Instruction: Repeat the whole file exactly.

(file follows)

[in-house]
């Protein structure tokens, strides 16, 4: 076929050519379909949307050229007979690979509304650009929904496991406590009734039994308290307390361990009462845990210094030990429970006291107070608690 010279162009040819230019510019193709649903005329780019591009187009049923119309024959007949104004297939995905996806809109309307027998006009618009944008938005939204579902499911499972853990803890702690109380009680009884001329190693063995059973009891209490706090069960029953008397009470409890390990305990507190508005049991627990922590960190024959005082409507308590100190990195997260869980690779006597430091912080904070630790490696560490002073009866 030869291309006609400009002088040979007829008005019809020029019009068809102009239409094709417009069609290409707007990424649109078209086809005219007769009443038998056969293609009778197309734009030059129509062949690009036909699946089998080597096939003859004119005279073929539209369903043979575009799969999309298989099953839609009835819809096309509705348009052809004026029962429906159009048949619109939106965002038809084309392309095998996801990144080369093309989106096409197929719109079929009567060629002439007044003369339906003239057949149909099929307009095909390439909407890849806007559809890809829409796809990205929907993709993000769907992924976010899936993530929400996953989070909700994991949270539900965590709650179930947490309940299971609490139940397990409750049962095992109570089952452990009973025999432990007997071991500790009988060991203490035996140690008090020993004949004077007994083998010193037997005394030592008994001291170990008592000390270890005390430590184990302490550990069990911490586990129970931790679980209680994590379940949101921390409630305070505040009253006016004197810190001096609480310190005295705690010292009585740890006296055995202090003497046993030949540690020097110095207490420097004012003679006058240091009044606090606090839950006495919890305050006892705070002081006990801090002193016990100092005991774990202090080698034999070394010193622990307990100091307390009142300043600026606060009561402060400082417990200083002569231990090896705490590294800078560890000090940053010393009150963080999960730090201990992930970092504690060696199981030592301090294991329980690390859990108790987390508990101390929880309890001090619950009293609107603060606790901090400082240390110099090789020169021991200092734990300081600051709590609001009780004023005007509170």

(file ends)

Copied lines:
[in-house]
């Protein structure tokens, strides 16, 4: 076929050519379909949307050229007979690979509304650009929904496991406590009734039994308290307390361990009462845990210094030990429970006291107070608690 010279162009040819230019510019193709649903005329780019591009187009049923119309024959007949104004297939995905996806809109309307027998006009618009944008938005939204579902499911499972853990803890702690109380009680009884001329190693063995059973009891209490706090069960029953008397009470409890390990305990507190508005049991627990922590960190024959005082409507308590100190990195997260869980690779006597430091912080904070630790490696560490002073009866 030869291309006609400009002088040979007829008005019809020029019009068809102009239409094709417009069609290409707007990424649109078209086809005219007769009443038998056969293609009778197309734009030059129509062949690009036909699946089998080597096939003859004119005279073929539209369903043979575009799969999309298989099953839609009835819809096309509705348009052809004026029962429906159009048949619109939106965002038809084309392309095998996801990144080369093309989106096409197929719109079929009567060629002439007044003369339906003239057949149909099929307009095909390439909407890849806007559809890809829409796809990205929907993709993000769907992924976010899936993530929400996953989070909700994991949270539900965590709650179930947490309940299971609490139940397990409750049962095992109570089952452990009973025999432990007997071991500790009988060991203490035996140690008090020993004949004077007994083998010193037997005394030592008994001291170990008592000390270890005390430590184990302490550990069990911490586990129970931790679980209680994590379940949101921390409630305070505040009253006016004197810190001096609480310190005295705690010292009585740890006296055995202090003497046993030949540690020097110095207490420097004012003679006058240091009044606090606090839950006495919890305050006892705070002081006990801090002193016990100092005991774990202090080698034999070394010193622990307990100091307390009142300043600026606060009561402060400082417990200083002569231990090896705490590294800078560890000090940053010393009150963080999960730090201990992930970092504690060696199981030592301090294991329980690390859990108790987390508990101390929880309890001090619950009293609107603060606790901090400082240390110099090789020169021991200092734990300081600051709590609001009780004023005007509170």